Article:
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The Nut Job Blu-ray Review

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#1 of 2 Kevin EK

Kevin EK

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Posted May 16 2014 - 04:35 PM

The Nut Job Blu-ray Review

The Nut Job squirrels itself away on Blu-ray with a 2D edition that presents this animated movie as well as can be expected. The animation itself is fairly good, although not at the level viewers might expect from the latest Pixar or Dreamworks offerings. The movie is sadly not that pleasant of an experience, featuring a fairly unlikeable central character and precious little in the way of a redeeming storyline. Watching the movie in 2D actually makes clear that many shots have been designed for 3D, which may be a more worthwhile experience. As it is, The Nut Job is not a particularly interesting or rewarding use of one’s movie night with the family.


Cover Art


Studio: Universal

Distributed By: N/A

Video Resolution and Encode: 1080P/AVC

Aspect Ratio: 1.85:1

Audio: English 5.1 DTS-HDMA

Subtitles: English SDH, Spanish, French

Rating: PG

Run Time: 1 Hr. 26 Min.

Package Includes: Blu-ray, DVD, Digital Copy, UltraViolet

Disc Type: BD50 (dual layer)

Region: ABC

Release Date: 04/15/2014

MSRP: $34.98




The Production Rating: 1.5/5

The Nut Job almost feels like a bad joke on the family. Ostensibly a kid-friendly animated comedy about the animals in an urban park, the movie is actually a somewhat edgy piece that probably deserves a PG-13 rather than the straight PG it holds. Somehow, this movie did very well when released in January of this year, but I’d attribute that to the lack of competing content and the fact that viewers had already seen Frozen by that time. The Nut Job adapts and expands the story of a short animated movie from 2005 called Surly Squirrel, a story about an anti-social squirrel named Surly who causes trouble for himself and the other animals. In the new movie, Surly’s attempt to steal food for himself results in a disastrous accident in the park and his banishment to the wilderness of the city. (There’s actually a nice irony in the notion of the city being considered wilderness and the formerly wooded park being considered the civilized area, but such subtleties are few and far between in this movie.) The bulk of the movie concerns Surly’s plan to mastermind a gigantic nut heist from a mobster’s storefront. Naturally, this heist winds up involving the animals from the park and various power shifts and life lessons occur. Theoretically, there could be a nice family movie therein. But sadly, there isn’t.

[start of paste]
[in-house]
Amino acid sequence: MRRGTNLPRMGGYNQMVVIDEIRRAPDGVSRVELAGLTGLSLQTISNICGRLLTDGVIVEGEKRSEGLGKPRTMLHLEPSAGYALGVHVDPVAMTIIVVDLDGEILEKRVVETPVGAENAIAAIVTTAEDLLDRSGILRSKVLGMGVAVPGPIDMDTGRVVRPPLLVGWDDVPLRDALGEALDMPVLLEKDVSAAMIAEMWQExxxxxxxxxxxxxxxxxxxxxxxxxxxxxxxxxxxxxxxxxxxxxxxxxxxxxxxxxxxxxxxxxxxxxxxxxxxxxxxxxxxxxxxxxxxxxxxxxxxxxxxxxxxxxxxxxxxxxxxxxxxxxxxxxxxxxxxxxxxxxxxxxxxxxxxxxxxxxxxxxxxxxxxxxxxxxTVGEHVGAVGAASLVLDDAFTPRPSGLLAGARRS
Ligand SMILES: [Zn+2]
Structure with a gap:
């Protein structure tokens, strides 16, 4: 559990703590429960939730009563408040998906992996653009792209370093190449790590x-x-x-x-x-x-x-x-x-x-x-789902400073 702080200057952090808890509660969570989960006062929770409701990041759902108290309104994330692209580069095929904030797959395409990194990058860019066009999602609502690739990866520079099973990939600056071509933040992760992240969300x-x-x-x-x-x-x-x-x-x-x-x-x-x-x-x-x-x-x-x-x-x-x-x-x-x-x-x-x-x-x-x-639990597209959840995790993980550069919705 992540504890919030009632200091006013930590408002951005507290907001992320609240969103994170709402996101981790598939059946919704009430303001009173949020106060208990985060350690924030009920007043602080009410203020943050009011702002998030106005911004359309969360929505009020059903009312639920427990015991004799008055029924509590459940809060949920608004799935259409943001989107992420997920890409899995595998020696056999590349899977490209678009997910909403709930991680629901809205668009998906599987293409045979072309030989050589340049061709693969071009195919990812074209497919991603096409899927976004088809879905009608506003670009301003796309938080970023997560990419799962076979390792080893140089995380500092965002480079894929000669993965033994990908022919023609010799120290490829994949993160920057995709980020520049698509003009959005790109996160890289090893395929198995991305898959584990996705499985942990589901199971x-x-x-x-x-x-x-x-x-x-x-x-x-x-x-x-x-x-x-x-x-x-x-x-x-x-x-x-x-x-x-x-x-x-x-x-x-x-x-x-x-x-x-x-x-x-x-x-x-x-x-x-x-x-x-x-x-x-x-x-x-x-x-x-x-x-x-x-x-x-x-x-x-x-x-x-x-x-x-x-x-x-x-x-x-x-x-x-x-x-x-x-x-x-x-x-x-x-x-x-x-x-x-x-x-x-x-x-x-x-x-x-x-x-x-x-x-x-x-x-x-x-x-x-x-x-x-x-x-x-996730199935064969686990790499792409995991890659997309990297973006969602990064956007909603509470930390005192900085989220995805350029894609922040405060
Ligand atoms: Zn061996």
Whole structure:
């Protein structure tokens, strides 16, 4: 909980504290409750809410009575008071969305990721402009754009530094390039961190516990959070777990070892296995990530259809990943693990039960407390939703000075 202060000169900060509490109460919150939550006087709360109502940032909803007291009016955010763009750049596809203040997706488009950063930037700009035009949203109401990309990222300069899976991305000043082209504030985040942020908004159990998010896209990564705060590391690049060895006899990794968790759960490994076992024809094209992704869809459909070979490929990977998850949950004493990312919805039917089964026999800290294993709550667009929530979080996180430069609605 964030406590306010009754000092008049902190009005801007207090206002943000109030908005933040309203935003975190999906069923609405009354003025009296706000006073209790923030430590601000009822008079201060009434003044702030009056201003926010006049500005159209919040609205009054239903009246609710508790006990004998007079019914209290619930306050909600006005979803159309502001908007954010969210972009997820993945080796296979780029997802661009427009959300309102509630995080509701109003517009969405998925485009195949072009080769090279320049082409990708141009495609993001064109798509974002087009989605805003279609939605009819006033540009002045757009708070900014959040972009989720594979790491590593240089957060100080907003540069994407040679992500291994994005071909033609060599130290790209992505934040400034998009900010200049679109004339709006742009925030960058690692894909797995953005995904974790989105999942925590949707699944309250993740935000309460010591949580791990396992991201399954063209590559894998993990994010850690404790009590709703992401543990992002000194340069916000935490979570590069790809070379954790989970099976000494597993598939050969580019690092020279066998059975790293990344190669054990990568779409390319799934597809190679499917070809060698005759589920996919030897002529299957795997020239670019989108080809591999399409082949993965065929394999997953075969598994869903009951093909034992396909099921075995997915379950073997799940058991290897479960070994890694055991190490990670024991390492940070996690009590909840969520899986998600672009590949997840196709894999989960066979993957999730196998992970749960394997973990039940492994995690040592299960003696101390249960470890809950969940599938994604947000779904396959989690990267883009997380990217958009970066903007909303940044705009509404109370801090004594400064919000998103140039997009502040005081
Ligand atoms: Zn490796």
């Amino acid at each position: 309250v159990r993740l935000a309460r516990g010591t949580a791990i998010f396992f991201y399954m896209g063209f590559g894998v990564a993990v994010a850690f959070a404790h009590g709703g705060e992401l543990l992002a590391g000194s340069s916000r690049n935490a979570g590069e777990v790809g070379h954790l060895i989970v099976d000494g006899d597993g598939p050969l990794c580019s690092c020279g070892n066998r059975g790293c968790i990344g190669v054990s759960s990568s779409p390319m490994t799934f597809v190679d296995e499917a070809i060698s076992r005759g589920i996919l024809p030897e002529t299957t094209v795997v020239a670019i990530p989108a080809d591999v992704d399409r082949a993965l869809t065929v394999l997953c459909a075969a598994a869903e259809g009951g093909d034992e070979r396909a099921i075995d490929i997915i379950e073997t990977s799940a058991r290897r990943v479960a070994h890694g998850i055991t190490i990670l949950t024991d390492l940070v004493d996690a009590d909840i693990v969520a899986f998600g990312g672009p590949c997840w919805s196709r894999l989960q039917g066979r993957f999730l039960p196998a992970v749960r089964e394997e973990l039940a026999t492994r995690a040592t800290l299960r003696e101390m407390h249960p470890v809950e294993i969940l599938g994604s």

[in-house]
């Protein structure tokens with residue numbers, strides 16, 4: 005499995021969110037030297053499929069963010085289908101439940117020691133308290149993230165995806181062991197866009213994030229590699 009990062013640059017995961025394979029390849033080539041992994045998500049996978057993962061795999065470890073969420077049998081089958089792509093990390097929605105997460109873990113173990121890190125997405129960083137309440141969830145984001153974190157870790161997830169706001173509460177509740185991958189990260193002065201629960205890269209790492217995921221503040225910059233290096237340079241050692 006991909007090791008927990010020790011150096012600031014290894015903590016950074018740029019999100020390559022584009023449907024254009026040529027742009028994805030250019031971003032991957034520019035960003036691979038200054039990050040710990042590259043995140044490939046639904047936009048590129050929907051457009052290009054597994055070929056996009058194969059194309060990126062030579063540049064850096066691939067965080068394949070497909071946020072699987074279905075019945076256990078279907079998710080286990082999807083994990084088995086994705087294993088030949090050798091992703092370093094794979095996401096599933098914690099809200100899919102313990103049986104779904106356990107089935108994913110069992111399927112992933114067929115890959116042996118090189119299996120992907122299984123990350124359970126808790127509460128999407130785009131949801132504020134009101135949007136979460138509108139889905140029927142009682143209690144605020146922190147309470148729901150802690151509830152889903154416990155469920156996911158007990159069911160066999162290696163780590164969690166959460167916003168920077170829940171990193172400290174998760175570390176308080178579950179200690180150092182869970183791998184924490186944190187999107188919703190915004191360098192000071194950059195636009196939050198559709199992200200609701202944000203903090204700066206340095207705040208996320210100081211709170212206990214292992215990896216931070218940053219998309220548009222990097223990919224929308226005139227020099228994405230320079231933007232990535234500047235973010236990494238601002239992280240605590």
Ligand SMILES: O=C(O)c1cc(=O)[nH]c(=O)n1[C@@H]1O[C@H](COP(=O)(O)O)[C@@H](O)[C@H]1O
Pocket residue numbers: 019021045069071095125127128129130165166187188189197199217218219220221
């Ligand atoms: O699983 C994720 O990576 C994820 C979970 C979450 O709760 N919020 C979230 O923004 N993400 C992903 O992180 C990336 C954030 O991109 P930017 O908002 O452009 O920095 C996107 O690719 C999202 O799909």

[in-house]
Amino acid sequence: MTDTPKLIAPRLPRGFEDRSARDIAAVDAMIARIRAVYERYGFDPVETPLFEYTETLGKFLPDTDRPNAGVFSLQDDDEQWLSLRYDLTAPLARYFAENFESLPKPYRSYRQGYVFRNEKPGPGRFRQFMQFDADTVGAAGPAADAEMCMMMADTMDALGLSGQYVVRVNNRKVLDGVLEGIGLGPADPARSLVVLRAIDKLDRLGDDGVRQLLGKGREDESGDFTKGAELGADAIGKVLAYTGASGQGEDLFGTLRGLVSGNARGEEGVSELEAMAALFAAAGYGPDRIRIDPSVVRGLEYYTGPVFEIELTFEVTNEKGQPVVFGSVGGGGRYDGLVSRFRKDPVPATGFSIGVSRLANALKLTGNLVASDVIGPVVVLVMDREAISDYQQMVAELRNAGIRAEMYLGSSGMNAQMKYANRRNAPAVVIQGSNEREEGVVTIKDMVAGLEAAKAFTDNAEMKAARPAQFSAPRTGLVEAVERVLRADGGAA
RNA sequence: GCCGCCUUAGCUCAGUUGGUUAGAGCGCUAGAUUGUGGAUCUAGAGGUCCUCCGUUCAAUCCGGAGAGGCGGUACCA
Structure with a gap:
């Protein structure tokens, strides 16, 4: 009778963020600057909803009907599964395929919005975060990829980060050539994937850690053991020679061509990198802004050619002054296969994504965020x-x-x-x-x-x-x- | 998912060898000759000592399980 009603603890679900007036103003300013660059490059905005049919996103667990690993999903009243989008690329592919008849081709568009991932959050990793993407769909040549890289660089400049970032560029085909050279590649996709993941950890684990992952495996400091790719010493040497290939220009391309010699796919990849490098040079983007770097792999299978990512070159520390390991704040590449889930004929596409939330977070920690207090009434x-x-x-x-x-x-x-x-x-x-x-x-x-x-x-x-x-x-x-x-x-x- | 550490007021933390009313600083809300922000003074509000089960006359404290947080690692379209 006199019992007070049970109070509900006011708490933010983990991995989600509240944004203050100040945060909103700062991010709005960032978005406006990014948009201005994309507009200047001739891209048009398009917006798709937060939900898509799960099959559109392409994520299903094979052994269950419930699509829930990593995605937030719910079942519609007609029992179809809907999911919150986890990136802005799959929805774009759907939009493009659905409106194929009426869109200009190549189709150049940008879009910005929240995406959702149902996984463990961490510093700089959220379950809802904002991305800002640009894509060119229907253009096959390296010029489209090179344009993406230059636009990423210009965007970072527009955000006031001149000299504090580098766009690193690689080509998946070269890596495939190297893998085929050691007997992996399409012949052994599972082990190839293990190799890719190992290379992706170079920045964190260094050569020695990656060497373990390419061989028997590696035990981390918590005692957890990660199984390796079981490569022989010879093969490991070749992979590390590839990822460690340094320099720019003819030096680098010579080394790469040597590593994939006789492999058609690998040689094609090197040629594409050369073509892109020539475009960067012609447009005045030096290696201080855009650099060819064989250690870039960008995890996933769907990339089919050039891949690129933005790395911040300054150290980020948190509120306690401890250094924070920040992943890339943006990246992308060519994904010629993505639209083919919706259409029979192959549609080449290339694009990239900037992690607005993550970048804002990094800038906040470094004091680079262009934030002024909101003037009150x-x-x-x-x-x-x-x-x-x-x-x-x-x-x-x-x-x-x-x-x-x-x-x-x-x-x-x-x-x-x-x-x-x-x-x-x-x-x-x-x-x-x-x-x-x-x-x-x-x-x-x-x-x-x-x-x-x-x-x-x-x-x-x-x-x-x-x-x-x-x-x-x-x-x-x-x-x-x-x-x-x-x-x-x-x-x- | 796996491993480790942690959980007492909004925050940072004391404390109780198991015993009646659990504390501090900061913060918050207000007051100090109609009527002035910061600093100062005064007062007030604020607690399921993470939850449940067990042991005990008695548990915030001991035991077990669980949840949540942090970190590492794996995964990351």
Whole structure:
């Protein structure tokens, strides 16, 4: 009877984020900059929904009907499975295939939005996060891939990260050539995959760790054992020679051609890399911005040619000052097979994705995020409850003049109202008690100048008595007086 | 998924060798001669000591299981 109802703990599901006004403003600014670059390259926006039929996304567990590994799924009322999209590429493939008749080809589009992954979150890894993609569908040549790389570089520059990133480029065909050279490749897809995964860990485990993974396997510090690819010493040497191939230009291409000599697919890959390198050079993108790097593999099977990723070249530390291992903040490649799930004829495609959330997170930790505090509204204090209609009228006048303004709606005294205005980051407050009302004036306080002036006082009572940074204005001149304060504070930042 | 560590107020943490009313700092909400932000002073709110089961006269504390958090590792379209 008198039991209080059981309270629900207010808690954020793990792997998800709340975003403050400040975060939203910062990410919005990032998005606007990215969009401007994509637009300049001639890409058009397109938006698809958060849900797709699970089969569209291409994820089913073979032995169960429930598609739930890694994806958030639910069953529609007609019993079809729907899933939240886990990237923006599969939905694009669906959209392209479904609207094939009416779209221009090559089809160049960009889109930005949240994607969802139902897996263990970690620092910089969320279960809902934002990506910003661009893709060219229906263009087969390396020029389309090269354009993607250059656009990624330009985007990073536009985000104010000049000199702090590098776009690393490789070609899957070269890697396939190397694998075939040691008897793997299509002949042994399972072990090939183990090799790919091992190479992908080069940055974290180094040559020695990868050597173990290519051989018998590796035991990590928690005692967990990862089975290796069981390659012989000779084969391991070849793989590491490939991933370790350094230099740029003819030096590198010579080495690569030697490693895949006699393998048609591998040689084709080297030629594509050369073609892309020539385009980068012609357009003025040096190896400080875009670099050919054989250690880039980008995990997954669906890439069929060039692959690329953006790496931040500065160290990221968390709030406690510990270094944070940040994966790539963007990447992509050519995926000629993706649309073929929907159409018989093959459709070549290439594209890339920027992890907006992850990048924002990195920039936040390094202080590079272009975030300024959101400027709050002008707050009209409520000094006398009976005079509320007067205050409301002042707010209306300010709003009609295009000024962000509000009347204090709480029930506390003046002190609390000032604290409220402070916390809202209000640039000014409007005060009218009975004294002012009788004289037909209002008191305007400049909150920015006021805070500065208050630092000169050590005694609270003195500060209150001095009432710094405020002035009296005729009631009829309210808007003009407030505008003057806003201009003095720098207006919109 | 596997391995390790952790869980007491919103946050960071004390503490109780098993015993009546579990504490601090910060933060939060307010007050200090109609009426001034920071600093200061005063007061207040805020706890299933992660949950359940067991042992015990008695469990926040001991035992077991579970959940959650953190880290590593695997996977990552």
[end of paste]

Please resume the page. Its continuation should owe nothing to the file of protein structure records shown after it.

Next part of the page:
To begin with, the characters are mostly unlikable, especially Surly himself. It’s as though someone reimagined Snake Plissken as a hopefully kid-friendly character without thinking about what that character really is. To compensate, the writers then offer up villain characters who are even less friendly than Surly, such as the mobster behind the storefront, the vicious rats or even the authority figure animals from the park. Occasionally we’re presented with a more sympathetic character, such as the ostensible love interest girl squirrel and the eventually friendly dog from the storefront. But most of these characters don’t really strike one as appropriate for a PG or lighter family outing. Then there’s the nature of the story, which presents Surly as a fairly reprehensible character before banishing him into the wilderness of the city. But after a couple of vignettes, the movie forgets this idea and has the park animals involved in the heist. Even if the viewer can keep up with the changing premises, the climax then presents an impossible scenario where one must imagine that the city park must be a massive place indeed rather than the small area of green we’ve previously seen for the first hour of the movie. There’s a very slight moral here – that everyone needs help to survive and that it’s better to be selfless than selfish – but even that really comes across as an afterthought. The movie’s real thrust seems to be a series of comic vignettes for Surly that make use of 3D effects and hopefully provide some laughs. Watching the movie in 2D, I can only say that the latter idea only works fitfully.